UN urges global move to meat and dairy-free diet
Our scientists and scholars are sounding the alarm, which, when added to the voice of our conscience, becomes a truly compelling wake up call.

As the global population surges towards a predicted 9.1 billion people by 2050, Western tastes for diets rich in meat and dairy products are unsustainable, says UN Environment Programme's international panel on sustainable resource management

Source: The GUARDIAN by Felicity Carus   Jun 2010   7/2/2010
Click here for direct link to source

A global shift towards a vegan diet is vital to save the world from hunger, fuel poverty and the worst impacts of climate change, a UN report said today.

As the global population surges towards a predicted 9.1 billion people by 2050, western tastes for diets rich in meat and dairy products are unsustainable, says the report from United Nations Environment Programme's (UNEP) international panel of sustainable resource management.

Professor Edgar Hertwich, the lead author of the report, said: "Animal products cause more damage than [producing] construction minerals such as sand or cement, plastics or metals. Biomass and crops for animals are as damaging as [burning] fossil fuels."

The recommendation follows advice last year that a vegetarian diet was better for the planet from Lord Nicholas Stern, former adviser to the Labour government on the economics of climate change.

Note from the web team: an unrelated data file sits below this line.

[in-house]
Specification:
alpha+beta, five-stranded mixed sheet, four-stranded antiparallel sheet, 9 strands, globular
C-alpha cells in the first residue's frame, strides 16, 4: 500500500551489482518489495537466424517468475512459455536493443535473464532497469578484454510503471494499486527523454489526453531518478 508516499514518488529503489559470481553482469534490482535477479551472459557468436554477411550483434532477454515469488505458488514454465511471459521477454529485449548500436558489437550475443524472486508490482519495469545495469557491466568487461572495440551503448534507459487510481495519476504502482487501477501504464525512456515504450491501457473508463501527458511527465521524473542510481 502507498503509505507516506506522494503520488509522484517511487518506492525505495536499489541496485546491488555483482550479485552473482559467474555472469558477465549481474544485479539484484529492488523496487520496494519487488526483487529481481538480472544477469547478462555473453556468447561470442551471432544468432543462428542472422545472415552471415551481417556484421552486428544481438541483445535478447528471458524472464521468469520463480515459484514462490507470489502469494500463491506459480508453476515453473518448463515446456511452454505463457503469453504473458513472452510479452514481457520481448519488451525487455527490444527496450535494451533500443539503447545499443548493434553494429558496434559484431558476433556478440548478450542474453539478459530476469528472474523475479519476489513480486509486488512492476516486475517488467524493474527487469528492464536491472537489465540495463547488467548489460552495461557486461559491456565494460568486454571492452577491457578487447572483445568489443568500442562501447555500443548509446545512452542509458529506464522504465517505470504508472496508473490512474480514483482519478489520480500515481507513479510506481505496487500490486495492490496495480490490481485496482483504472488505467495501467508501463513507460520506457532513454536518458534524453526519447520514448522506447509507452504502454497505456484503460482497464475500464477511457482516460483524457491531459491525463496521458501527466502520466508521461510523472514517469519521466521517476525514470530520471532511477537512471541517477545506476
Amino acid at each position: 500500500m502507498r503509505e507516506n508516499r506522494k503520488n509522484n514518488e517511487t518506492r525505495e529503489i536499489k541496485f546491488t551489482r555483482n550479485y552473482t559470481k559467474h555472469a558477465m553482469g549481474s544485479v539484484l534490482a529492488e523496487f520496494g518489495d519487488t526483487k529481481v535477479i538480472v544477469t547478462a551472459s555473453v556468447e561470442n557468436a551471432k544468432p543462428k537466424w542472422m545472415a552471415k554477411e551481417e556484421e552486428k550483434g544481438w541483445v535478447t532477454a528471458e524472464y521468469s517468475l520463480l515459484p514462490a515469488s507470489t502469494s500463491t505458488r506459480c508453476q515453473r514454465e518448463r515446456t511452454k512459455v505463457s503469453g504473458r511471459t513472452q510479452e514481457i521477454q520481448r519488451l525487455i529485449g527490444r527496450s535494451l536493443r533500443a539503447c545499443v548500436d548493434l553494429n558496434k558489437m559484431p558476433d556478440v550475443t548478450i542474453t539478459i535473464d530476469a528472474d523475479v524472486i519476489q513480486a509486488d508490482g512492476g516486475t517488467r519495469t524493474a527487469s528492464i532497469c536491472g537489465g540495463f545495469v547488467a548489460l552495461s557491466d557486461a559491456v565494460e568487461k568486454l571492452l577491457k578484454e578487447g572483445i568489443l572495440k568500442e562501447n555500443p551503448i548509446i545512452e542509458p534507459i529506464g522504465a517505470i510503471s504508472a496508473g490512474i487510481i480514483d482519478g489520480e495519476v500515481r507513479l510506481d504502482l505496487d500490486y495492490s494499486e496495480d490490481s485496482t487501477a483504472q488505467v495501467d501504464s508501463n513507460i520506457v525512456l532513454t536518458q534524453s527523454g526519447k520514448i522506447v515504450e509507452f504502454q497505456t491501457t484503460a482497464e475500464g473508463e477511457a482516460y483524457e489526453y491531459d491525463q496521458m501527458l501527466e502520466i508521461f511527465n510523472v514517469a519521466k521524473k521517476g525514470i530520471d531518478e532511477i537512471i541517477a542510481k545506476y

The panel of experts ranked products, resources, economic activities and transport according to their environmental impacts. Agriculture was on a par with fossil fuel consumption because both rise rapidly with increased economic growth, they said.

Ernst von Weizsaecker, an environmental scientist who co-chaired the panel, said: "Rising affluence is triggering a shift in diets towards meat and dairy products - livestock now consumes much of the world's crops and by inference a great deal of freshwater, fertilisers and pesticides."

Achim Steiner, the UN under-secretary general and executive director of the UNEP, said: "Decoupling growth from environmental degradation is the number one challenge facing governments in a world of rising numbers of people, rising incomes, rising consumption demands and the persistent challenge of poverty alleviation."

The panel, which drew on numerous studies including the Millennium ecosystem assessment, cites the following pressures on the environment as priorities for governments around the world: climate change, habitat change, wasteful use of nitrogen and phosphorus in fertilisers, over-exploitation of fisheries, forests and other resources, invasive species, unsafe drinking water and sanitation, lead exposure, urban air pollution and occupational exposure to particulate matter.

Agriculture, particularly meat and dairy products, accounts for 70% of global freshwater consumption, 38% of the total land use and 19% of the world's greenhouse gas emissions, says the report, which has been launched to coincide with UN World Environment day on Saturday.